Rapoon: Airstrikes
File Under: ambient ethno-distopia
I like it when a record sounds like what it feels like to be alive and living in America during this time of distress, on a fragile globe lost in space, with volition fleeting as the difference between the real and the simulation begin to overlap. So is it any surprise that Rapoon is none other than the key originator of one of the most innovative and relentlessly uncompromising bands :zoviet*france, now doing this ethnographic-ambient solo project with quite a few albums under this Rapoon moniker. Robin Storey was born in 1955 and studied classes in experimental composition while in college in the 1970’s, formed :zoviet*france in 1979. Besides an interest in Krautrock, Story collaborated on performances of the works of Karlheinz Stockhausen. Here he mixes world sounds with what sound like computer generated voices that create an atmosphere of dread and uncertainty and underscore what it feels like to be alive at this moment.

Borusiade: A Body
File Under: synth-pop, EBM and new wave
Born in Bucharest Miruna Boruzescu has just dropped her third release and first full length A Body, which is a joyous excursion into the analog world of synthesizers. A soundtrack for the dark times in which we live and one that’s gotten a lot of rotations in this house. She brings a Berlin, Eastern European intensity and gothicness to her sound. See also the EP Jeopardy, which came out late last year and is also excellent.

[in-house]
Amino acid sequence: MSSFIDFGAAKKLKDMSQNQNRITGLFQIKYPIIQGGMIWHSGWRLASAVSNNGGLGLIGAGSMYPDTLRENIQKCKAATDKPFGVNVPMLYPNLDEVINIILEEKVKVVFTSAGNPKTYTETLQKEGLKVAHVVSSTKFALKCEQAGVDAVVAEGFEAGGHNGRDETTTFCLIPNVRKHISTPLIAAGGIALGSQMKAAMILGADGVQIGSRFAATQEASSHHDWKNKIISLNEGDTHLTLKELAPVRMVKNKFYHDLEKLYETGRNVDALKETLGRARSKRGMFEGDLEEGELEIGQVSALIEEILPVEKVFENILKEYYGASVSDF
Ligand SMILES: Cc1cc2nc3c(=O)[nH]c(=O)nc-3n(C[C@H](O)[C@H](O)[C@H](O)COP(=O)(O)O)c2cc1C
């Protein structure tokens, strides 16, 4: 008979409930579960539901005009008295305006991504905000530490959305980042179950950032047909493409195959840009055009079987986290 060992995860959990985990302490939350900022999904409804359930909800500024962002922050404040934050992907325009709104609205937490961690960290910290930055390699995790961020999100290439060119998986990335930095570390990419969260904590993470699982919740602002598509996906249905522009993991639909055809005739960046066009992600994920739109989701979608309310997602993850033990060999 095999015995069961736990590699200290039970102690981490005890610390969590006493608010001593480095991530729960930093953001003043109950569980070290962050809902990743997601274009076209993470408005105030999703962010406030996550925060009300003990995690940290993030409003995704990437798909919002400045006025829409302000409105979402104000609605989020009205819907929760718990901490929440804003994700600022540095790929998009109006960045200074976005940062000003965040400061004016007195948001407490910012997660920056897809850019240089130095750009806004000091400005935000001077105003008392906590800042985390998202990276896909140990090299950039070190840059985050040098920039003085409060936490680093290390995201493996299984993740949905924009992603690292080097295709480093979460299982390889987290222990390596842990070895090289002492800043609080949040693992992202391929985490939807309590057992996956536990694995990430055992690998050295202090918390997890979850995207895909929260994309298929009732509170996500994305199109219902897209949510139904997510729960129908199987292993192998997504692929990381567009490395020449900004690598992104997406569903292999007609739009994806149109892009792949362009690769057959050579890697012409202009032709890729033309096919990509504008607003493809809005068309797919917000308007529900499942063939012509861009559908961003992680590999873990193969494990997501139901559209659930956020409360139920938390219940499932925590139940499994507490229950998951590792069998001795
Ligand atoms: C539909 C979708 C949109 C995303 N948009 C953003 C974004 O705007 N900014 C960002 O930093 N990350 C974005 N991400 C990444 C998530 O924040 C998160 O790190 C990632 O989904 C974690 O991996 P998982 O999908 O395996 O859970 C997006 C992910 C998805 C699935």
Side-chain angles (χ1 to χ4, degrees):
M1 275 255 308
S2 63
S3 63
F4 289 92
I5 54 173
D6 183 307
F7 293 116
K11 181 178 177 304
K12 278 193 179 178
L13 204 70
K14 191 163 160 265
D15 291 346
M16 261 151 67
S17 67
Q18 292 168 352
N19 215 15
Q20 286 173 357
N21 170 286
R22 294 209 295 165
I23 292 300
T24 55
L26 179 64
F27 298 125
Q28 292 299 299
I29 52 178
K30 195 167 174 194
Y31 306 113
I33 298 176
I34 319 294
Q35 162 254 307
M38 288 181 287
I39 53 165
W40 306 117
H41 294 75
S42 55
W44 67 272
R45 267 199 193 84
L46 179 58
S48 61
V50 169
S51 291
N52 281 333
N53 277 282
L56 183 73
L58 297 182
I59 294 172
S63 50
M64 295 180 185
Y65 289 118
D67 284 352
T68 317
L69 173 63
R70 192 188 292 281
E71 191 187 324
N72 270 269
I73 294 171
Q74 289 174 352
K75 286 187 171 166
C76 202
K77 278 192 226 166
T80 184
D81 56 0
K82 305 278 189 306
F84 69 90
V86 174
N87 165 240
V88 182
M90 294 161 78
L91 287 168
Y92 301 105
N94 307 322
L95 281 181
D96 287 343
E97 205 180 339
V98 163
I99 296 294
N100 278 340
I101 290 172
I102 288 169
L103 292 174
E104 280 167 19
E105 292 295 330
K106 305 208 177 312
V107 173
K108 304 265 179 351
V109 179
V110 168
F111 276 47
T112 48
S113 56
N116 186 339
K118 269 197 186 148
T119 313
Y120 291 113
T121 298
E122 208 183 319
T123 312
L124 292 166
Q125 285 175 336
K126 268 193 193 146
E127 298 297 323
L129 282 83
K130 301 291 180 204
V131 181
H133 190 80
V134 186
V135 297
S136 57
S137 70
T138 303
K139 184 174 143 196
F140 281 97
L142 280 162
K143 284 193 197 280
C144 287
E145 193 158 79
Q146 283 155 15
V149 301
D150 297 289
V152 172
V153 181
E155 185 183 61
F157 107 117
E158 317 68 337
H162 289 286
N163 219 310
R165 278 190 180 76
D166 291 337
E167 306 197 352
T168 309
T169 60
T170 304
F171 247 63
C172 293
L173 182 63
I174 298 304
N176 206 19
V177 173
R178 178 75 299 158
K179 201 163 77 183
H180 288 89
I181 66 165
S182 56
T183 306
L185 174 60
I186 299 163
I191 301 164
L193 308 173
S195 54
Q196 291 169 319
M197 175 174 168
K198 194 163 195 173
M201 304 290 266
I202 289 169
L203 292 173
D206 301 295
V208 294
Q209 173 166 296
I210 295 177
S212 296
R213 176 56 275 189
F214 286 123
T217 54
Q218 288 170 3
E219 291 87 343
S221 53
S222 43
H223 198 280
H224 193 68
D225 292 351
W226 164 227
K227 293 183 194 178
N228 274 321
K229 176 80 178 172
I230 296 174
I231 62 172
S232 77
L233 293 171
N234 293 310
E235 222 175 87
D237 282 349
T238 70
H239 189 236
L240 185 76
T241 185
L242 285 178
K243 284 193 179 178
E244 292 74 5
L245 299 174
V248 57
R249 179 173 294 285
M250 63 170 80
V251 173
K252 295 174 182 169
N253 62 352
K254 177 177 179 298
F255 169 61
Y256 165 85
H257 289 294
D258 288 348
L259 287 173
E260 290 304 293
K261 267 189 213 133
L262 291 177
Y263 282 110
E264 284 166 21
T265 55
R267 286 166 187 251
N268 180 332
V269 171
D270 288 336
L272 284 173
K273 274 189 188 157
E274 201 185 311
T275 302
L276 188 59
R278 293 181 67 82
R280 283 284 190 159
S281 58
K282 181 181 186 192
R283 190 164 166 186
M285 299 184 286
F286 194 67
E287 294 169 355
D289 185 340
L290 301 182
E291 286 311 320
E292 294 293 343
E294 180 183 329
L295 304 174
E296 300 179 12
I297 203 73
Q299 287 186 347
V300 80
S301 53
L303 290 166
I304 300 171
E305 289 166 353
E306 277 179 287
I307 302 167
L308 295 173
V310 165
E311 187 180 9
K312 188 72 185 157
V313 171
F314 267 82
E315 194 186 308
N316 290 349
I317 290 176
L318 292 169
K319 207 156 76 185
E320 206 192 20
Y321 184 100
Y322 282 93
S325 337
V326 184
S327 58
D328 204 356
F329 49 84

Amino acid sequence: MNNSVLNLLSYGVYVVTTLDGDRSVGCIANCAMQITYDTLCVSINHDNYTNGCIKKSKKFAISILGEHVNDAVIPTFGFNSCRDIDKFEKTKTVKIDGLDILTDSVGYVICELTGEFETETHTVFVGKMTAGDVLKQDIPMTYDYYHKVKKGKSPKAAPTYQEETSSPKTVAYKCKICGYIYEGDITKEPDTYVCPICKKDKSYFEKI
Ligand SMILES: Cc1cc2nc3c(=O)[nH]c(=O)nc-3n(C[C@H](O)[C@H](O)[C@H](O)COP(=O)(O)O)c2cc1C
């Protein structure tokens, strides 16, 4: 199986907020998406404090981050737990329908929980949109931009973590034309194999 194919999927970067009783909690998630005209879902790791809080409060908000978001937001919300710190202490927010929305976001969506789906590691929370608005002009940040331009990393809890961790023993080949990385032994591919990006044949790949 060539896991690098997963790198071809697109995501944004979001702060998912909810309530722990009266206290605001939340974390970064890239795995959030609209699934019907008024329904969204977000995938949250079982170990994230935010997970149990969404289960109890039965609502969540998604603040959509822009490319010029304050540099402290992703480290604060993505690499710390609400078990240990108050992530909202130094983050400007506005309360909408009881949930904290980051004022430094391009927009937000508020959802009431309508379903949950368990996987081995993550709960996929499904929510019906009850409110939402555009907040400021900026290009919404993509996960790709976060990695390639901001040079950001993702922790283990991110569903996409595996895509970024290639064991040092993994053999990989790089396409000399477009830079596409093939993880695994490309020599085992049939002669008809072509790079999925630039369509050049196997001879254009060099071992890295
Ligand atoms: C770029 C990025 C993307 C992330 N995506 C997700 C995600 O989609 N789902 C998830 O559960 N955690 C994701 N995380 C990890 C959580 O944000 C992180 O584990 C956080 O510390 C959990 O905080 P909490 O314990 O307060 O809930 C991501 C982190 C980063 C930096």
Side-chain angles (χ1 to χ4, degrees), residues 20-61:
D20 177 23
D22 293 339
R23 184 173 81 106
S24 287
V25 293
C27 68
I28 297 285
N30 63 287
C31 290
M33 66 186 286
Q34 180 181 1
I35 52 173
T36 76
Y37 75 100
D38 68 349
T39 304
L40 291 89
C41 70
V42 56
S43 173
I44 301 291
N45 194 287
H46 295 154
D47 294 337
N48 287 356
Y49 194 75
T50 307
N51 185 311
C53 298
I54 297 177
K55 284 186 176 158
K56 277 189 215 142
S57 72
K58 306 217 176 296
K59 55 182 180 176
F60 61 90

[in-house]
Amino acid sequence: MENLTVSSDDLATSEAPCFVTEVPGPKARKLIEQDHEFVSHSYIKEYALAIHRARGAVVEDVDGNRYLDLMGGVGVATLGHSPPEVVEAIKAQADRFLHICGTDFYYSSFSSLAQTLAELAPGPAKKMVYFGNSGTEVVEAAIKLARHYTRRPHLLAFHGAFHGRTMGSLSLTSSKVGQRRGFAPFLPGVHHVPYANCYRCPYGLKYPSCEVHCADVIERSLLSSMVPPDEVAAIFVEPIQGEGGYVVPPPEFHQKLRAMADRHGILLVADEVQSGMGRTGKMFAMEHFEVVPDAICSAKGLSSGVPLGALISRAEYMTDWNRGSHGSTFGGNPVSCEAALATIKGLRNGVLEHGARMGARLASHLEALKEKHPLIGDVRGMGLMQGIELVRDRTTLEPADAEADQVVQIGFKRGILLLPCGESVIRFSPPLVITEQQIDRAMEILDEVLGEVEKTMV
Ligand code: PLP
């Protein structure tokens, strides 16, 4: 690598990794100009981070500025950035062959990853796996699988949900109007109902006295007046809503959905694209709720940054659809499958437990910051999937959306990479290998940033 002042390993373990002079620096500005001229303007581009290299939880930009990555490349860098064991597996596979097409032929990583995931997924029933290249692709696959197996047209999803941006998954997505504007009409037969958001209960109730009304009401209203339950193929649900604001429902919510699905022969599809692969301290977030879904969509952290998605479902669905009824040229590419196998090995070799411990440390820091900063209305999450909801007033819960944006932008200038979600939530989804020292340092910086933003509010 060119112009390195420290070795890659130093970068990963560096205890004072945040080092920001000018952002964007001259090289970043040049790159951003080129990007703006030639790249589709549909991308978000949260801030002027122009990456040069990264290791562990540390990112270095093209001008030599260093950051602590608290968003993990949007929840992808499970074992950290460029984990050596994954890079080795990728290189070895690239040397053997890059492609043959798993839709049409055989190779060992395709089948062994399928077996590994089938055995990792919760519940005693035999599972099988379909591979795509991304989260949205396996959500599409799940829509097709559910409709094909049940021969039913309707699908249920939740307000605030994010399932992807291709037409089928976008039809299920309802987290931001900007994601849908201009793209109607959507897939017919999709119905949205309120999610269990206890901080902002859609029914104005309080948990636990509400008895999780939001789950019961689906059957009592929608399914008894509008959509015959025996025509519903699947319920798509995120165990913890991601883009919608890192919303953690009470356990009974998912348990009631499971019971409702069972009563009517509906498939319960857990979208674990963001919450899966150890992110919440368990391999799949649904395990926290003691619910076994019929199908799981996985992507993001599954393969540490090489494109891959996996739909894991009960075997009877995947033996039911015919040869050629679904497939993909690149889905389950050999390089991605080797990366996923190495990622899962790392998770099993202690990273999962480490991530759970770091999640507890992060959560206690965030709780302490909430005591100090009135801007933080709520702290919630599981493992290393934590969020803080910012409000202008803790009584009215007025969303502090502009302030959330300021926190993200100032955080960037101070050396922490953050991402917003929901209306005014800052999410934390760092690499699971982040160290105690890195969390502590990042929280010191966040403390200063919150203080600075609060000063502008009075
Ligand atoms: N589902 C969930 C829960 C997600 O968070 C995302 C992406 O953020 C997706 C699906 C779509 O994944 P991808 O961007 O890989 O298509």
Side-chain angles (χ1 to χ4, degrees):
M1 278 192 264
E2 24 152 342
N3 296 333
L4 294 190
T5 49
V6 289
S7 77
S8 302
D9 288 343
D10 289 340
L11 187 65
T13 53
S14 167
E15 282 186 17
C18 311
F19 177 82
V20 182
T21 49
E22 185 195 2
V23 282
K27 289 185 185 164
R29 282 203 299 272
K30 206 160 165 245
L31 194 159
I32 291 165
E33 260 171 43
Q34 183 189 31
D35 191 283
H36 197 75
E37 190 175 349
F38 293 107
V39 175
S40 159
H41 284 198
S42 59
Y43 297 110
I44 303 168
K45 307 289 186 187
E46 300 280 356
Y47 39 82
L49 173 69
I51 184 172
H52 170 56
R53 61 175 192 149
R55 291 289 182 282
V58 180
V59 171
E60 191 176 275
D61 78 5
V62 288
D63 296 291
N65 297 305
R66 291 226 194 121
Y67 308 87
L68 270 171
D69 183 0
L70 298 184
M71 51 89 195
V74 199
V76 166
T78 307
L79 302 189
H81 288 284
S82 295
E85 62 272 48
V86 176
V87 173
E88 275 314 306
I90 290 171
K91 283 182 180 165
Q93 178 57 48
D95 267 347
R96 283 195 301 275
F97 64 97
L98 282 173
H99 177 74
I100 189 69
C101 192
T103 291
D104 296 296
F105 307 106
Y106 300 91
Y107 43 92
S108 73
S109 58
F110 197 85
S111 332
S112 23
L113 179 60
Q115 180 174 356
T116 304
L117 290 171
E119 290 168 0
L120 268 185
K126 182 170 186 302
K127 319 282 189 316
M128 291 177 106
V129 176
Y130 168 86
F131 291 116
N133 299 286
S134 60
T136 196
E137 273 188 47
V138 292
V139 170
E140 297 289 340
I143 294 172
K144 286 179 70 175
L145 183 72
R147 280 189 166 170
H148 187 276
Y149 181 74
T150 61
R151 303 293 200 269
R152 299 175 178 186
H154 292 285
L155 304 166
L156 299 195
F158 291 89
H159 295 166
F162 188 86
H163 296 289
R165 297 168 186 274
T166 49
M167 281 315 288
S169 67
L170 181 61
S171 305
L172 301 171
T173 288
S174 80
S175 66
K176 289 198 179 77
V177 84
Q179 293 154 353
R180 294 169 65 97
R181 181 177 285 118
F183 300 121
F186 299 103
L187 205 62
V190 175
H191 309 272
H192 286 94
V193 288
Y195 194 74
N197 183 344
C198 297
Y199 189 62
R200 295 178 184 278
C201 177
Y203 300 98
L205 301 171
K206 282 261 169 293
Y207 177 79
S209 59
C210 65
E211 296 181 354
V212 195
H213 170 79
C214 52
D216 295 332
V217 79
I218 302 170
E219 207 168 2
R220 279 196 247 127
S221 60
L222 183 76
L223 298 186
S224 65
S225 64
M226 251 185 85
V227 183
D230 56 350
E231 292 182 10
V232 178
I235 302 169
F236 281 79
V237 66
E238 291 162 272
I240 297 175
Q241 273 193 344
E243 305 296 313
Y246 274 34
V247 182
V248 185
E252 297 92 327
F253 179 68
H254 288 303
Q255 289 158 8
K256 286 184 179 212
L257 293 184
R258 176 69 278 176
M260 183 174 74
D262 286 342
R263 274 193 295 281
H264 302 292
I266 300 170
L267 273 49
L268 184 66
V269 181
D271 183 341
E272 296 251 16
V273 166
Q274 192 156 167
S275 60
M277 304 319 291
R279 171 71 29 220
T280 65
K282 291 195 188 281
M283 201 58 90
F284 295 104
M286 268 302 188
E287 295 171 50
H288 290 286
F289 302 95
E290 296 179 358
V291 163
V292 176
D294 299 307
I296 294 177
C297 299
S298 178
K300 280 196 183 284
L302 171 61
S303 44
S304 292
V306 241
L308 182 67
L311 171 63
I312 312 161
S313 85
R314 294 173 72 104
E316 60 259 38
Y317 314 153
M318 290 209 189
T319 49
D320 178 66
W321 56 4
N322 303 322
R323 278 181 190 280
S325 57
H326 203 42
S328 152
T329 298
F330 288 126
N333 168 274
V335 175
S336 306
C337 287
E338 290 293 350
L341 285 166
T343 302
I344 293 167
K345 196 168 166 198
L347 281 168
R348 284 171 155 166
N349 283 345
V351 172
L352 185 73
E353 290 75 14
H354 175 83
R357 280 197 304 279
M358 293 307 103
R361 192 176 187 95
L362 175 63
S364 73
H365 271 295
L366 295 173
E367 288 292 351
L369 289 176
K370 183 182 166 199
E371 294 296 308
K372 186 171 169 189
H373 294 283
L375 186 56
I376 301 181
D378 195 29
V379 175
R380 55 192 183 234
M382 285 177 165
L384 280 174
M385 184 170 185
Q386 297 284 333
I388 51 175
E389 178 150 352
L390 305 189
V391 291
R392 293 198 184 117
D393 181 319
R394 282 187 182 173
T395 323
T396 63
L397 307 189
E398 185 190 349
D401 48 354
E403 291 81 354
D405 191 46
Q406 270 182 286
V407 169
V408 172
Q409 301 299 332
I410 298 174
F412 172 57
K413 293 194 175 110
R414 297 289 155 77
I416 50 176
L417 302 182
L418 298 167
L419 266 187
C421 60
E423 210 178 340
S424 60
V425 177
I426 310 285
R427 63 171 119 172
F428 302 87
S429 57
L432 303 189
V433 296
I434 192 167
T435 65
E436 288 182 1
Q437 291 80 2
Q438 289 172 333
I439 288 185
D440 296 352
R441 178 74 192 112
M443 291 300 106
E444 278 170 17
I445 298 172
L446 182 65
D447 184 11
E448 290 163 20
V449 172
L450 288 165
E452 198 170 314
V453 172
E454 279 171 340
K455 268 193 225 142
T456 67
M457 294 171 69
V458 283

Posh Isolation Compilation VA: I Could Go Anywhere But Again I Go With You
File Under: a rare event when a compilation is worthy of repeat listens
Often as I am surfing through reviews sites I listen to a clip or watch a video of a band and then immediately look them up on Tidal and add them to my “listen to later” album stash but often by the time I get around to listening to some of these I’ve forgotten the original source material and have no idea why I thought to list it in the first place. Take this album I Could Go Anywhere But Again I Go With You as an example. As I listened I did so as I normally take in music which is to listen as if one person or a group of persons had created the sounds, like a regular album in it’s entirety, which is how my geezer brain likes to process music. It was only after the fact, and during a second listen that I realized it was a giant compilation and that it works consistently as a whole, which is not usually the case with compilations, especially like this one with artists all from the same label. I do not tend to listen to or review compilations because they are by their very nature all over the place and would require an extra amount of effort in writing a review given that (in this case) there are 24 different tracks. Which brings up an interesting question, which is one in which the archivist, the DJ (as in the free form 1970’s days of early FM) uses her skills and intuition to compile a set list that “makes sense” or at least offers juxtaposition as a prelude to awareness. In the future I’m going to try and listen to more compilations precisely because I miss that curatorial mind at work creating set lists, like the early 70’s FM stations or the college radio that was around in the 1980s. Give it a spin. It’s a good one. I don’t know if putting this together was a solo effort or done by a group but it has reawakened that urge to pay more attention to this sort of thing in the future. Now I need to look up some of the artists listed here and follow up and listen to their albums. Also, see here this amazing list of the 40 best compilations according to